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VoIP endpoint compatibility between SCCP and SIP

R_Acuti
Beginner
Beginner

Hi gang,

 

We will finally be moving from using SCCP to SIP on our VoIP endpoints. 

 

We expect that due to some logistical challenges, we may end up having some phones stuck on SCCP for awhile, and some new endpoints running SIP.  We'll be running UCM 11.5.

 

What are the incompatibilities and pitfalls of doing this?

- Will the Subscriber need to remain in the call path as the trunk/translator between a skinny phone and a SIP phone? (I'm thinking, no.)

- Is this going to place any significant extra burden on a Subscriber?

 

We will eventually get everything on SIP but there may be some lag, hence the questions.

I haven't dug too deeply yet but I haven't found much documentation on inter-compatibility, mostly migration from SCCP to SIP.

 

Thanks.

2 Accepted Solutions

Accepted Solutions

Jaime Valencia
Hall of Fame Cisco Employee Hall of Fame Cisco Employee
Hall of Fame Cisco Employee

ALL the call signaling always go to CUCM, doesn't matter if it's SCCP, SIP, H.323, etc.

CUCM takes care of doing whatever translation is required. Only the RTP is directly between devices.

If you have a HW CFB, XCODER or MTP on an ISR, those use SCCP, and you can use them if you have a SIP endpoint, because CUCM makes sure it communicates with each endpoint in the right protocol.

HTH

java

if this helps, please rate

View solution in original post

j.huizinga
Frequent Contributor
Frequent Contributor

CUCM is involved in call setup and tear down and mid call features. But is not involved in the RTP stream. This is between the phones directly

View solution in original post

5 Replies 5

Jaime Valencia
Hall of Fame Cisco Employee Hall of Fame Cisco Employee
Hall of Fame Cisco Employee

ALL the call signaling always go to CUCM, doesn't matter if it's SCCP, SIP, H.323, etc.

CUCM takes care of doing whatever translation is required. Only the RTP is directly between devices.

If you have a HW CFB, XCODER or MTP on an ISR, those use SCCP, and you can use them if you have a SIP endpoint, because CUCM makes sure it communicates with each endpoint in the right protocol.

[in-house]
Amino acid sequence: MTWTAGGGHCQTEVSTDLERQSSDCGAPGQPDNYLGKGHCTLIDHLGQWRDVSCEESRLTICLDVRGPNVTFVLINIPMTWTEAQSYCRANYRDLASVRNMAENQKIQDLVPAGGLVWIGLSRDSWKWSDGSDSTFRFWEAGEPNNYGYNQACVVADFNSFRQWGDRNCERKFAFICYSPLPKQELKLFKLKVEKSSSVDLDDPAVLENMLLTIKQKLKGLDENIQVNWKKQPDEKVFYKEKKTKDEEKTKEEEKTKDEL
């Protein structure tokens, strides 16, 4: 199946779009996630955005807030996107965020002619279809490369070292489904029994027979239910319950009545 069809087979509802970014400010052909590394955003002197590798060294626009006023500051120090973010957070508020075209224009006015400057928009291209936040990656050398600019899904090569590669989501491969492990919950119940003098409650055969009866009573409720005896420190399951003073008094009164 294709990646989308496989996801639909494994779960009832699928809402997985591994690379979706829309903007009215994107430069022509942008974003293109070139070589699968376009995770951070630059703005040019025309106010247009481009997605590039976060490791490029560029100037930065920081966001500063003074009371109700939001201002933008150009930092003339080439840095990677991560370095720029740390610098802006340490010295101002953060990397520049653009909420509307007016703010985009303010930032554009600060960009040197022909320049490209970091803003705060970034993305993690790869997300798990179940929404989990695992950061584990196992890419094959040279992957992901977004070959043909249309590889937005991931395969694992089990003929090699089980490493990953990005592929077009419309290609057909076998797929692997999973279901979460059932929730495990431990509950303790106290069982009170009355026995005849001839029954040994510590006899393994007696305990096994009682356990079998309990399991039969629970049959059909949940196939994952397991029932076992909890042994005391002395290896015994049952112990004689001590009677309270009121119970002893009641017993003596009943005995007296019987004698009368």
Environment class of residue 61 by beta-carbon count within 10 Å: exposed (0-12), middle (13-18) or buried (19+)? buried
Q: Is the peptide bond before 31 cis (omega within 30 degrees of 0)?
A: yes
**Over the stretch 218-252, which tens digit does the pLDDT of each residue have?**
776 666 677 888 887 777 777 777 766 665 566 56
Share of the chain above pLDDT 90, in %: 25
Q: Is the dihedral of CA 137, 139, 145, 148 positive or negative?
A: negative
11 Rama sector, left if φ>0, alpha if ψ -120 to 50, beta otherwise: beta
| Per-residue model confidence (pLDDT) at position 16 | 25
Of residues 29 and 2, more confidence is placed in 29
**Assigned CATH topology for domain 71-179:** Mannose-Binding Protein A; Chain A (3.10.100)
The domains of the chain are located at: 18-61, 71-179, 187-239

HTH

java

if this helps, please rate

I guess I was looking for a problem where there was none. You are entirely correct.

 

I added a SIP endpoint to our lab call manager and successfully placed a test call to a SCCP phone. No special configurations were needed, the call worked perfectly.

 

Thanks!

The short answer is this shouldn’t be an issue. CUCM always remains in the call signaling path so I presume you meant the RTP. No, a call with Sip and SCCP endpoints would not normally require an MTP or transcoder unless you have some type of capabilities mismatch (eg IPv4 to IPv6, DTMF, etc). Most SCCP phone models support RFC2833 though so even DTMF mismatch is rare. The load is slightly higher for SIP phones in general but unless you’re already pushing the envelope or have a large environment I wouldn’t worry about it. The sizing tool is your friend if you want to be sure though:
https://cucst.cloudapps.cisco.com/landing

Hi Jonathon,

 

Thanks, this is very helpful. We are aware of the extra overhead that SIP requires and that won't be a problem. Our environment ranks as "small."

 

We have no special conditions such as the ones you mentioned, so I expect that we won't have any issues. I'll test this out in our lab, promptly.

 

I am concerned that all this time, I apparently have had a fundamental misunderstanding of how Call Manager works. I thought that once the call session was initiated, the Call Manager removed itself from the path and the phones used RTP to communicate directly?

 

"After a call has been set up, media exchange occurs directly between the Cisco IP Phones across the IP network, using the Real-Time Transport Protocol (RTP) to carry the audio. CUCM is not involved in a call after the call has been set up. If the CUCM server were unplugged during the duration of the call, users would not notice unless they attempted to use a feature on the phone. CUCM is involved only in call setup, teardown, and features. If the CUCM server that set up the call were down during a conversation, end users would see a message indicating "CM Down, Features Disabled" on the LCD screen of the IP phone."

 

The above quote was taken from:

http://www.ciscopress.com/articles/article.asp?p=1216890&seqNum=2

j.huizinga
Frequent Contributor
Frequent Contributor

CUCM is involved in call setup and tear down and mid call features. But is not involved in the RTP stream. This is between the phones directly

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